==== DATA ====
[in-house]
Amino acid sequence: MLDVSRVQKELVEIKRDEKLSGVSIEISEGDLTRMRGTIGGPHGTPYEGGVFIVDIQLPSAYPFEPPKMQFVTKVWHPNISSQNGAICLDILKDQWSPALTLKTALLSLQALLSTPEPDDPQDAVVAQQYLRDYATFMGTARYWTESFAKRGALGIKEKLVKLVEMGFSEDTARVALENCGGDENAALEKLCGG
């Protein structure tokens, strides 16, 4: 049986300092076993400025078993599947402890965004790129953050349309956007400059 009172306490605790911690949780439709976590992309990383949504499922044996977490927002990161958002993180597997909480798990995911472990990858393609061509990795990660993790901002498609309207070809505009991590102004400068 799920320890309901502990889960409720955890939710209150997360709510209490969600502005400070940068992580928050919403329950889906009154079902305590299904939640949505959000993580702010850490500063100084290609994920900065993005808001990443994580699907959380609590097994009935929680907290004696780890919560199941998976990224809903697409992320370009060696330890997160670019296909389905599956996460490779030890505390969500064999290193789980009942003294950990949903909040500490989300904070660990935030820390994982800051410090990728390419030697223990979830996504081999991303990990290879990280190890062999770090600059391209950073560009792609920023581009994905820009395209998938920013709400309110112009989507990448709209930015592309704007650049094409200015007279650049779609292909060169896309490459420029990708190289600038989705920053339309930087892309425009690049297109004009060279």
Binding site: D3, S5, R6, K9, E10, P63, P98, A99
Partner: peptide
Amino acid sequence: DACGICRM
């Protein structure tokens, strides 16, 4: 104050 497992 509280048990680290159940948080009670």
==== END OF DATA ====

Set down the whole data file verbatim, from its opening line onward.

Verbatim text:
[in-house]
Amino acid sequence: MLDVSRVQKELVEIKRDEKLSGVSIEISEGDLTRMRGTIGGPHGTPYEGGVFIVDIQLPSAYPFEPPKMQFVTKVWHPNISSQNGAICLDILKDQWSPALTLKTALLSLQALLSTPEPDDPQDAVVAQQYLRDYATFMGTARYWTESFAKRGALGIKEKLVKLVEMGFSEDTARVALENCGGDENAALEKLCGG
């Protein structure tokens, strides 16, 4: 049986300092076993400025078993599947402890965004790129953050349309956007400059 009172306490605790911690949780439709976590992309990383949504499922044996977490927002990161958002993180597997909480798990995911472990990858393609061509990795990660993790901002498609309207070809505009991590102004400068 799920320890309901502990889960409720955890939710209150997360709510209490969600502005400070940068992580928050919403329950889906009154079902305590299904939640949505959000993580702010850490500063100084290609994920900065993005808001990443994580699907959380609590097994009935929680907290004696780890919560199941998976990224809903697409992320370009060696330890997160670019296909389905599956996460490779030890505390969500064999290193789980009942003294950990949903909040500490989300904070660990935030820390994982800051410090990728390419030697223990979830996504081999991303990990290879990280190890062999770090600059391209950073560009792609920023581009994905820009395209998938920013709400309110112009989507990448709209930015592309704007650049094409200015007279650049779609292909060169896309490459420029990708190289600038989705920053339309930087892309425009690049297109004009060279």
Binding site: D3, S5, R6, K9, E10, P63, P98, A99
Partner: peptide
Amino acid sequence: DACGICRM
């Protein structure tokens, strides 16, 4: 104050 497992 509280048990680290159940948080009670």